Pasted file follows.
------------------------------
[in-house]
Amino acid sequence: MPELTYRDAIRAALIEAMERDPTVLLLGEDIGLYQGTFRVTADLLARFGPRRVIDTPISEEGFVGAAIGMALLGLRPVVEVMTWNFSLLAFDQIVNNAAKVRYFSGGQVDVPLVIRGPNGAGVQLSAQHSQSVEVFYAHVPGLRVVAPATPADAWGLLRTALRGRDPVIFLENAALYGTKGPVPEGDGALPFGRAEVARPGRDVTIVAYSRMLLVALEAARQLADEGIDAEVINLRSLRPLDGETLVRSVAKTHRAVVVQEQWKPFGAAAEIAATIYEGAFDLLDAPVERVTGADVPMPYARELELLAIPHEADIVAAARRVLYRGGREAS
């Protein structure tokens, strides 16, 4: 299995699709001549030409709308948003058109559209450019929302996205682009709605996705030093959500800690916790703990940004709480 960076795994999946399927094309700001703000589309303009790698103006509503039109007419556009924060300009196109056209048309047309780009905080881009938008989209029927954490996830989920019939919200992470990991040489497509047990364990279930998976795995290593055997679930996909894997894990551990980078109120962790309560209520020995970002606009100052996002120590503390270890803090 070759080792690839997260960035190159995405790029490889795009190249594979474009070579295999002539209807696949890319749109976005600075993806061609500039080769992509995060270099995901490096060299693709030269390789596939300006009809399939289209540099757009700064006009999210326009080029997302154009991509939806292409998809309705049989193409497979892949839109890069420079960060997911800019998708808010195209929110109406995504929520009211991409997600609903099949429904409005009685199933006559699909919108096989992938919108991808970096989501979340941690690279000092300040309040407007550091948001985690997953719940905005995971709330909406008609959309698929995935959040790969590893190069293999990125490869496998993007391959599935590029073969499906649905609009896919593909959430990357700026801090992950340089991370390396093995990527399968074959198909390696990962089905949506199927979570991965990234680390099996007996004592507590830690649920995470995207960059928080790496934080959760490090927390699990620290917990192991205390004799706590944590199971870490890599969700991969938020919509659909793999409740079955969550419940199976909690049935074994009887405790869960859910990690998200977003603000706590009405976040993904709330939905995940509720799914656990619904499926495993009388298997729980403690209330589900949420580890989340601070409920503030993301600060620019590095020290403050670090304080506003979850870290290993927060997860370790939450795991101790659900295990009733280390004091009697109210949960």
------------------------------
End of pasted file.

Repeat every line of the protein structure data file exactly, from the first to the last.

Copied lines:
[in-house]
Amino acid sequence: MPELTYRDAIRAALIEAMERDPTVLLLGEDIGLYQGTFRVTADLLARFGPRRVIDTPISEEGFVGAAIGMALLGLRPVVEVMTWNFSLLAFDQIVNNAAKVRYFSGGQVDVPLVIRGPNGAGVQLSAQHSQSVEVFYAHVPGLRVVAPATPADAWGLLRTALRGRDPVIFLENAALYGTKGPVPEGDGALPFGRAEVARPGRDVTIVAYSRMLLVALEAARQLADEGIDAEVINLRSLRPLDGETLVRSVAKTHRAVVVQEQWKPFGAAAEIAATIYEGAFDLLDAPVERVTGADVPMPYARELELLAIPHEADIVAAARRVLYRGGREAS
């Protein structure tokens, strides 16, 4: 299995699709001549030409709308948003058109559209450019929302996205682009709605996705030093959500800690916790703990940004709480 960076795994999946399927094309700001703000589309303009790698103006509503039109007419556009924060300009196109056209048309047309780009905080881009938008989209029927954490996830989920019939919200992470990991040489497509047990364990279930998976795995290593055997679930996909894997894990551990980078109120962790309560209520020995970002606009100052996002120590503390270890803090 070759080792690839997260960035190159995405790029490889795009190249594979474009070579295999002539209807696949890319749109976005600075993806061609500039080769992509995060270099995901490096060299693709030269390789596939300006009809399939289209540099757009700064006009999210326009080029997302154009991509939806292409998809309705049989193409497979892949839109890069420079960060997911800019998708808010195209929110109406995504929520009211991409997600609903099949429904409005009685199933006559699909919108096989992938919108991808970096989501979340941690690279000092300040309040407007550091948001985690997953719940905005995971709330909406008609959309698929995935959040790969590893190069293999990125490869496998993007391959599935590029073969499906649905609009896919593909959430990357700026801090992950340089991370390396093995990527399968074959198909390696990962089905949506199927979570991965990234680390099996007996004592507590830690649920995470995207960059928080790496934080959760490090927390699990620290917990192991205390004799706590944590199971870490890599969700991969938020919509659909793999409740079955969550419940199976909690049935074994009887405790869960859910990690998200977003603000706590009405976040993904709330939905995940509720799914656990619904499926495993009388298997729980403690209330589900949420580890989340601070409920503030993301600060620019590095020290403050670090304080506003979850870290290993927060997860370790939450795991101790659900295990009733280390004091009697109210949960």